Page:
Both port cities were unsuitable for an Allied amphibious landing, because of heavy German fortifications, meaning that they had to be taken by a land assault.

Beginning on August 16, Allied bombers made almost 30 raids targeting German artillery batteries and submarine posts surrounding Toulon. Heavy fighting on August 18 forced German defensive units to retreat into the city. On the same day, the Free French Forces launched a major assault on Toulon, involving more than 16,000 troops. Over the following days, their numbers would swell to some 50,000.

Over the following days, the French troops won a series of victories in close combat in Toulon’s suburbs. By August 23, French forces were dominant throughout the city, leading to the overrunning of most German positions the following day. The Free French Forces turned their attention to the German naval base, with a massive artillery bombardment. With any escape route blocked, German command surrendered on August 28.

Free French Forces began their approach to Marseille at the same time their counterparts were securing victory in much of Toulon. The setbacks to the German occupiers prompted resistance groups to seize control of the Marseille prefecture and other strategic positions throughout the city. The Nazi troops were unable to defeat the poorly-armed resistance fighters because of their focus on the approaching allied troops, and the broad popular support for the uprising.

On August 24, the 3rd Algerian Infantry Division occupied the center of Marseille, after Free French Forces had entered the city with little resistance. Over the following days, German defensive pockets were decisively routed. The German garrison surrendered on August 27, and two days later, marines on heavily fortified islands near the city handed themselves over to the allies.

The British and US authorities, together with the Republican forces of General Charles de Gaulle, moved rapidly to secure control of the situation. De Gaulle insisted on the need for “national unity,” and immediately moved to integrate the French Resistance groups into the regular national army, to prevent them from posing any challenge to the re-establishment of a French capitalist state. The Stalinist Communist Party played the central role in disarming the partisans and subordinating them to the French ruling elite.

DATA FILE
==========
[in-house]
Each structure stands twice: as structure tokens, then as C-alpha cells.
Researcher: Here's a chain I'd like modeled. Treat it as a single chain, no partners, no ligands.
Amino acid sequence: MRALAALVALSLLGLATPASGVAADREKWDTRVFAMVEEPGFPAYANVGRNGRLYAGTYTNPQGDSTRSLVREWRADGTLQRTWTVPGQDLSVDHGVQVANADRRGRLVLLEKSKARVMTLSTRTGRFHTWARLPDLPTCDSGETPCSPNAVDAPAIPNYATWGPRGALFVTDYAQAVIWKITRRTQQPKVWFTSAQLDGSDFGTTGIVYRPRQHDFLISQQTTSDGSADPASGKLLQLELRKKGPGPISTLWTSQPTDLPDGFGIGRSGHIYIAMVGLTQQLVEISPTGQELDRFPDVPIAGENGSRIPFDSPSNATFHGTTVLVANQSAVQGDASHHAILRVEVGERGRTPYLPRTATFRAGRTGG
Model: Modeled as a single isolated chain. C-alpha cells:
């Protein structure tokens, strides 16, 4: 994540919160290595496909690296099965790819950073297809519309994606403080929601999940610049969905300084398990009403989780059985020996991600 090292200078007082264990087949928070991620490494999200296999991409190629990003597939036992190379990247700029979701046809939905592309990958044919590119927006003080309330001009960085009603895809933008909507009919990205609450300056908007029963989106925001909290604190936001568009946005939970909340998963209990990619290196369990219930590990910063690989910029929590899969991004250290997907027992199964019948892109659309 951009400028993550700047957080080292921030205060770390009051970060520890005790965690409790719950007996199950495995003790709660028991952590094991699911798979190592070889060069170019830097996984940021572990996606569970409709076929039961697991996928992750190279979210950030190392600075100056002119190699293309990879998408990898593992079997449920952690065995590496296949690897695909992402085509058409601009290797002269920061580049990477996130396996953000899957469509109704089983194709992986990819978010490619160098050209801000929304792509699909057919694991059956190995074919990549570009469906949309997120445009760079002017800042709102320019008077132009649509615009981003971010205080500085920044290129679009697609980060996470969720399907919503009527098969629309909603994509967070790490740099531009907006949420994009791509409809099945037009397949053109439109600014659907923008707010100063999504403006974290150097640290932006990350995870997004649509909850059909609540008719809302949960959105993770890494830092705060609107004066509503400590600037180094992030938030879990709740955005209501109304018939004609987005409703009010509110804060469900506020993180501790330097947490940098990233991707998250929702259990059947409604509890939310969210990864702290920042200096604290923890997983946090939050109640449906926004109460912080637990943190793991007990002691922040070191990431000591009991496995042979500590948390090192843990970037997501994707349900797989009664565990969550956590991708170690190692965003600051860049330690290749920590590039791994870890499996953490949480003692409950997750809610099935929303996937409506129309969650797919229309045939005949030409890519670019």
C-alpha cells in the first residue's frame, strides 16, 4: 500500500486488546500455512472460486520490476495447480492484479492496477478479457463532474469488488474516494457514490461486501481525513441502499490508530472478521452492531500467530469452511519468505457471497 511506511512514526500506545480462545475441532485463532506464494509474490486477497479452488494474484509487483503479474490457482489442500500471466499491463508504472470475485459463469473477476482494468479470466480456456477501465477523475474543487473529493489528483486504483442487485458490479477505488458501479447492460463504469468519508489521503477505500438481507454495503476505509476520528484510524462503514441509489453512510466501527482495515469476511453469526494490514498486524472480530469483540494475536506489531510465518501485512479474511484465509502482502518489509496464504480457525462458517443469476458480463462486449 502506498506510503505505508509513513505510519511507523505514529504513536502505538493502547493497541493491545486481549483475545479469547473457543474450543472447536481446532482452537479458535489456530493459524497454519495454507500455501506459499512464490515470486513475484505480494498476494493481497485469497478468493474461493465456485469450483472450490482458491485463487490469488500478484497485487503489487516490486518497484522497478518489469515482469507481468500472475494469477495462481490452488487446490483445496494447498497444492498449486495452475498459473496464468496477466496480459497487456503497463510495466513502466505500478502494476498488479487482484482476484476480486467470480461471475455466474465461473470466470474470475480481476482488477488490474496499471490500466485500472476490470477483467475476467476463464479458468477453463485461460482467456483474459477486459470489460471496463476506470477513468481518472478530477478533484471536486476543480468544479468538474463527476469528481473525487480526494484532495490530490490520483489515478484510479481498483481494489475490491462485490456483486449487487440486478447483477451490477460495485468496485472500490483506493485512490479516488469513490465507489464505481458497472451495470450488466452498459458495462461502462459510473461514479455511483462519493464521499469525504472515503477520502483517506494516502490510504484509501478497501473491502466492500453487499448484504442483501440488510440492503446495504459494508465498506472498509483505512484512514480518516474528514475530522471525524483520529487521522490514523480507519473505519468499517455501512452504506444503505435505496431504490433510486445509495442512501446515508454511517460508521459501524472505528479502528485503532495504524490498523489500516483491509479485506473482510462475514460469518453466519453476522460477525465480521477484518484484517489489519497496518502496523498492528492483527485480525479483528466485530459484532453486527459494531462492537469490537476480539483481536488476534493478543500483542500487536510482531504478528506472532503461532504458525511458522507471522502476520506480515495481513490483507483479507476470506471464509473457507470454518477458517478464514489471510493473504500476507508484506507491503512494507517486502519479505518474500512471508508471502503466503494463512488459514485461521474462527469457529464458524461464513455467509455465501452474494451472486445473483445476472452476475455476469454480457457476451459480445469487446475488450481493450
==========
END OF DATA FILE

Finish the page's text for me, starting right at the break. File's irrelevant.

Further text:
100 years ago: Communist Party of America founded

Logo of the Communist Labor Party of America

On September 1, 1919, a portion of the left-wing of the Socialist Party founded the Communist Party of America in Chicago, led by Louis C. Fraina and C. E. Ruthenberg. Fraina, who had worked with Trotsky on developing the Socialist Party’s antiwar program during the latter’s exile in New York in 1917, had been instrumental in popularizing the ideas of Bolshevism in his Revolutionary Age.

The conference was initially raided by the Chicago police, who arrested and beat delegates, but it was able to go forward later in the day. The Bureau of Investigation, predecessor to the FBI, had an observer stationed in the balcony, taking notes.

The day before, another faction of the left wing, whose delegates had been thrown out of the Socialist Party convention, also in Chicago, had formed the Communist Labor Party. Its leaders included John Reed and the future founder of the Trotskyist movement in the US, James P. Cannon.

The Communist Party of America included a large component of workers from the Socialist Foreign Language Federations. Representing immigrant workers, several of the Foreign Language Federations sought a more peremptory split from the SP. Instead, the Communist Labor Party had sought to fight for control of the Socialist Party, particularly so that it could appeal to the many native-born socialist workers in the Midwest. Both factions were inspired by the 1917 Russian Revolution and the founding of the Communist International in March 1919

The Communist movement in the United States was born in an age of great social strife. The Russian Soviet republic was fighting for its life in a brutal civil war, and Soviet republics had been declared in Hungary and Bavaria. The US was experiencing its largest ever strike wave, as well as bloody race riots targeting African Americans in the North and the South. Meanwhile government authorities were meting out severe repression against militant workers and radicals, among them socialist leader Eugene Debs, who was imprisoned under the Espionage Act.

The young Communist movement was thrown into the middle of this tumult. Later in September, tens of thousands of workers would participate in the Great Steel Strike from Colorado to Ohio, Pennsylvania and New York.

Government repression under the attorney general, A. Mitchell Palmer became so intense that Communists were driven underground. The Communist parties, on the advice of the Communist International, joined to form the United Communist Party in 1921.

Despite the subsequent Stalinist degeneration of the Communist Party, James P. Cannon succinctly summed up the whole period: “The first six years of American communism—1918-1923—represent a heroic period from which all future revolutionary movements in this country will be the lineal descendants.”